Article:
Helical advancement: Pearls and pitfalls
BACKGROUND: Reconstruction of acquired auricular defects is a challenging procedure. Since its emergence, the helical advancement technique has proved to be an excellent method of repairing many auricle defects. This technique may occasionally result in an alteration in the dimensions of the neoauricle, with subsequent deformity. However, the advantages of this technique are well known, while the pitfalls are scarce.
OBJECTIVE: To critically review the selection criteria of patients with acquired auricular defects to determine which are eligible for helical advancement technique without subsequent deformity.
METHODS: From March 2004 to January 2006, 18 patients with three types of upper one-third auricle defects underwent the helical advancement procedure. All patients were male, with mean age of 33.5 years. The defects ranged from 1.2 cm to 4.3 cm in length. Two helical flaps (one on either side of the injury) were advanced along the helical margin to ensure closure. The vertical and horizontal auricular axes were measured before and after surgery, and the actual reduction in millimetres was calculated. Patients were followed up for three months postoperatively. Assessment of the surgical outcome was performed by surgeon (with patient feedback) in the final patient visit.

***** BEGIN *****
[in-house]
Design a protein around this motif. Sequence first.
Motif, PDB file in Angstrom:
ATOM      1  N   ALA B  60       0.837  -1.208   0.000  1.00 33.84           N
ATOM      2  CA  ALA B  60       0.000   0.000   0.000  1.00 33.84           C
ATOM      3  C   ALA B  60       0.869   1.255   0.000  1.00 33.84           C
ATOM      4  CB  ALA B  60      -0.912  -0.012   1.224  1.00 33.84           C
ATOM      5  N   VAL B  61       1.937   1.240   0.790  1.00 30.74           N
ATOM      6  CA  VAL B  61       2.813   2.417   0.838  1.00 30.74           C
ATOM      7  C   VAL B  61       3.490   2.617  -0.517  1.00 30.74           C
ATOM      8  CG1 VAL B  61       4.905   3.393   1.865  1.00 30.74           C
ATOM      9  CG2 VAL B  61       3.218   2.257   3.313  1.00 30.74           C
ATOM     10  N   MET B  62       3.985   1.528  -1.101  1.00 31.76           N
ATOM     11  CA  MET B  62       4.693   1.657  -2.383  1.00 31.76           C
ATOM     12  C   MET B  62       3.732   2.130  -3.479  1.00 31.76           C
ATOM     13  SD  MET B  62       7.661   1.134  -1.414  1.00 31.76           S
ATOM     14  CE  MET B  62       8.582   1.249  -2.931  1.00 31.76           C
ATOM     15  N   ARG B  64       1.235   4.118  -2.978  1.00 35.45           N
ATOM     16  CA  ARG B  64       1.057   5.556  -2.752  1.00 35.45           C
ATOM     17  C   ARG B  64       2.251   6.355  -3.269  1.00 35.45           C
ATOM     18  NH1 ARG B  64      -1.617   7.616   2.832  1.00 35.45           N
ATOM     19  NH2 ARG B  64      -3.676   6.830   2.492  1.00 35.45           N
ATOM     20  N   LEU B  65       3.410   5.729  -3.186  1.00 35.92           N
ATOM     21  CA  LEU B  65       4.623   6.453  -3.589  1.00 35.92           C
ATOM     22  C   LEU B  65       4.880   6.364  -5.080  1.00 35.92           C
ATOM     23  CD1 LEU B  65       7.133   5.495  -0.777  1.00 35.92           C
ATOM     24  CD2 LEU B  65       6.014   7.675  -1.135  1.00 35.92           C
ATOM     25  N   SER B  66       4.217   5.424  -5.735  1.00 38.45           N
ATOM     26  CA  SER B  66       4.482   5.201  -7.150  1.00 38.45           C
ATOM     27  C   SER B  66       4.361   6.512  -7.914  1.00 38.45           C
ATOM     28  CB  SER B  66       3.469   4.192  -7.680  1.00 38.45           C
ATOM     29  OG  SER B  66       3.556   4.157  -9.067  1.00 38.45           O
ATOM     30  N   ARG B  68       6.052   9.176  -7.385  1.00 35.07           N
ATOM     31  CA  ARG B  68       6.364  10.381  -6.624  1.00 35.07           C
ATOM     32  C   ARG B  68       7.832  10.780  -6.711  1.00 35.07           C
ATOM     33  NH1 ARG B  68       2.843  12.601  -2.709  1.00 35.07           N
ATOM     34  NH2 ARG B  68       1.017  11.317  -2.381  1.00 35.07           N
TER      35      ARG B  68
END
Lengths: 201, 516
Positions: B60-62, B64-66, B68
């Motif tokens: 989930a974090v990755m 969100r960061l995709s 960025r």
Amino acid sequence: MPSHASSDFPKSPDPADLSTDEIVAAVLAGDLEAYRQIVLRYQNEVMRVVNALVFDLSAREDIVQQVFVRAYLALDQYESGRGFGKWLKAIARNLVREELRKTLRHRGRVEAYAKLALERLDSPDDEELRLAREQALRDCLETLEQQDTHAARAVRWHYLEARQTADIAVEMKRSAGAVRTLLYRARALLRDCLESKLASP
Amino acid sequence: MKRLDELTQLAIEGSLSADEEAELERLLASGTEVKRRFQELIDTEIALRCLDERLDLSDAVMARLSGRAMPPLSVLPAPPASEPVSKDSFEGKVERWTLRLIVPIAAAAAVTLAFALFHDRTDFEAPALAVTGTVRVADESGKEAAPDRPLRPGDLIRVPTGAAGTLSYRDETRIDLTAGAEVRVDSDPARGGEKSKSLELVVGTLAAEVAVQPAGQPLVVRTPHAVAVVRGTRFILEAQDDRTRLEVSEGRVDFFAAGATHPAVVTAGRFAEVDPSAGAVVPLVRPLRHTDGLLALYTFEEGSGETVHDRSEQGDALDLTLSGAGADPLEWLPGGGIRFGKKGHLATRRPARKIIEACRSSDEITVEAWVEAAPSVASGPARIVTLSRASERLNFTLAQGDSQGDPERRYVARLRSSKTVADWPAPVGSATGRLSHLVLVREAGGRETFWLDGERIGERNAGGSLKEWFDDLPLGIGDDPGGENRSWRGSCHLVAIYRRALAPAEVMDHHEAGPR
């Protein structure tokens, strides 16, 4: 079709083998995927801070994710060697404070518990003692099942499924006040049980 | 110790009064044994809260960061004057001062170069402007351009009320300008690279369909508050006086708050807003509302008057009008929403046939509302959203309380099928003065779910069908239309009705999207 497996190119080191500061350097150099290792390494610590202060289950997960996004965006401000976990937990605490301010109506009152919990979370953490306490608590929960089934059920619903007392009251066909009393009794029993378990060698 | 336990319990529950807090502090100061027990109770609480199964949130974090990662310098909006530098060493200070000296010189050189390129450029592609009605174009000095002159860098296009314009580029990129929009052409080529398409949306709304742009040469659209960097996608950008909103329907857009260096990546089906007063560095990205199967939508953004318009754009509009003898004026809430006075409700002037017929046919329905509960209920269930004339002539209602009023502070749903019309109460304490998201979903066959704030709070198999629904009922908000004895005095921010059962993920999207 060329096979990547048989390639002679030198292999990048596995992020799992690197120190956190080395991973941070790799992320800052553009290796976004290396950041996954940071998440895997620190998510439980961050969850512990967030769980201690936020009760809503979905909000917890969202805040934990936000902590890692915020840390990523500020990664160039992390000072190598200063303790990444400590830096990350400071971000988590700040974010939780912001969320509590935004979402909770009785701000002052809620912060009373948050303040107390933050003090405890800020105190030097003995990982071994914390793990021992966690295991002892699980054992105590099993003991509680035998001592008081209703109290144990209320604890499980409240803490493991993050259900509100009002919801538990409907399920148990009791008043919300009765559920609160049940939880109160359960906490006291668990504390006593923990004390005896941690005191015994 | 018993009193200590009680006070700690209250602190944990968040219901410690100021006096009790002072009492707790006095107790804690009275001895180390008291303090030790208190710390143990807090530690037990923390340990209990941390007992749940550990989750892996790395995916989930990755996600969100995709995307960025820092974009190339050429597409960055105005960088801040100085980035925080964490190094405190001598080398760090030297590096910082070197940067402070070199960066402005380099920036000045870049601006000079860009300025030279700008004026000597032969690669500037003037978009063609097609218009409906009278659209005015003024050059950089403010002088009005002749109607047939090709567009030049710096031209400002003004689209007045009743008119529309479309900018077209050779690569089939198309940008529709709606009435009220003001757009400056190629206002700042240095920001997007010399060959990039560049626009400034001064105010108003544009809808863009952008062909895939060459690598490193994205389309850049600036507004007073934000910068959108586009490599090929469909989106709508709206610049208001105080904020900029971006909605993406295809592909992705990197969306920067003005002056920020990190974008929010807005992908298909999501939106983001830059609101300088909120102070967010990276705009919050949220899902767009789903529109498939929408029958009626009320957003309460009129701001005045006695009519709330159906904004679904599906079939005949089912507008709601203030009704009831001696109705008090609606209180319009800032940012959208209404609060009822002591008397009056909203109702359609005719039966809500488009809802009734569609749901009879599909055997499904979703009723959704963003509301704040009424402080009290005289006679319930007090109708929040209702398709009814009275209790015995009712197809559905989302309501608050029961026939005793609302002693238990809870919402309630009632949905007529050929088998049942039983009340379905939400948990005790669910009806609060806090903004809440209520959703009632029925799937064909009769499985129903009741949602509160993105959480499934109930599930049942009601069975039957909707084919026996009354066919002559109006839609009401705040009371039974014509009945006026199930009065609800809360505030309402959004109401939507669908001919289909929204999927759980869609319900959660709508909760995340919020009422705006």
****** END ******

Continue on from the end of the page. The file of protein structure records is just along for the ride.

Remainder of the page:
RESULTS: The principle pitfall in the form of small neoauricle with or without cupping was reported in five patients (27.77%). The defects in these cases were >2.8 cm and the mean resultant reduction in vertical axes was >5 mm. Statistical analysis resulted in χ2=4.24 and P=0.04
CONCLUSION: The three varieties of upper one-third auricle defects can best be corrected by the helical advancement technique when the defect is <2.8 cm. Furthermore, perioperative reduction in the vertical axis of the neoauricle >5 mm was an important predictive factor in the development of subsequent deformity.